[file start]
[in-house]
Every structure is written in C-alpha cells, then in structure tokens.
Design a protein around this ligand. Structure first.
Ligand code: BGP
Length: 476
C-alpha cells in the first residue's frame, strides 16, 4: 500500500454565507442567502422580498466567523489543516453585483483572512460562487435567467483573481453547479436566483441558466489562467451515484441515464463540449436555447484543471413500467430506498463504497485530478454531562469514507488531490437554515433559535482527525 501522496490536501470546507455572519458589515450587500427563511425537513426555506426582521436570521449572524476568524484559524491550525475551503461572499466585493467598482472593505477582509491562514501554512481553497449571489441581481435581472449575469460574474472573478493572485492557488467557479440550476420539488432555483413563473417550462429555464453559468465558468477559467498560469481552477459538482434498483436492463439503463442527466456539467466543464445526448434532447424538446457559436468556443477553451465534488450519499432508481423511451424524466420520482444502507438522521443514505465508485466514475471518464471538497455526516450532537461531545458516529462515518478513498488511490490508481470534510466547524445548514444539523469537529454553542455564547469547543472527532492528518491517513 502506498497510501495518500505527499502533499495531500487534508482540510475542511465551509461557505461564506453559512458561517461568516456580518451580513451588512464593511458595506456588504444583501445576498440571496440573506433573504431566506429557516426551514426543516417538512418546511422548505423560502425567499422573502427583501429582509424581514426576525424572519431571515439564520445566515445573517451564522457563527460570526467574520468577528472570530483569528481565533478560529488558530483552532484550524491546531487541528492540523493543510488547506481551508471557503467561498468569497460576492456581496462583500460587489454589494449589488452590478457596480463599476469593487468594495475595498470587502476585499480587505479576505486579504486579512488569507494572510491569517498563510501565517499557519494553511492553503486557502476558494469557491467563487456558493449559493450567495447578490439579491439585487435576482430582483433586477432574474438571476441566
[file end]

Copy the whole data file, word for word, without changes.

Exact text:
[in-house]
Every structure is written in C-alpha cells, then in structure tokens.
Design a protein around this ligand. Structure first.
Ligand code: BGP
Length: 476
C-alpha cells in the first residue's frame, strides 16, 4: 500500500454565507442567502422580498466567523489543516453585483483572512460562487435567467483573481453547479436566483441558466489562467451515484441515464463540449436555447484543471413500467430506498463504497485530478454531562469514507488531490437554515433559535482527525 501522496490536501470546507455572519458589515450587500427563511425537513426555506426582521436570521449572524476568524484559524491550525475551503461572499466585493467598482472593505477582509491562514501554512481553497449571489441581481435581472449575469460574474472573478493572485492557488467557479440550476420539488432555483413563473417550462429555464453559468465558468477559467498560469481552477459538482434498483436492463439503463442527466456539467466543464445526448434532447424538446457559436468556443477553451465534488450519499432508481423511451424524466420520482444502507438522521443514505465508485466514475471518464471538497455526516450532537461531545458516529462515518478513498488511490490508481470534510466547524445548514444539523469537529454553542455564547469547543472527532492528518491517513 502506498497510501495518500505527499502533499495531500487534508482540510475542511465551509461557505461564506453559512458561517461568516456580518451580513451588512464593511458595506456588504444583501445576498440571496440573506433573504431566506429557516426551514426543516417538512418546511422548505423560502425567499422573502427583501429582509424581514426576525424572519431571515439564520445566515445573517451564522457563527460570526467574520468577528472570530483569528481565533478560529488558530483552532484550524491546531487541528492540523493543510488547506481551508471557503467561498468569497460576492456581496462583500460587489454589494449589488452590478457596480463599476469593487468594495475595498470587502476585499480587505479576505486579504486579512488569507494572510491569517498563510501565517499557519494553511492553503486557502476558494469557491467563487456558493449559493450567495447578490439579491439585487435576482430582483433586477432574474438571476441566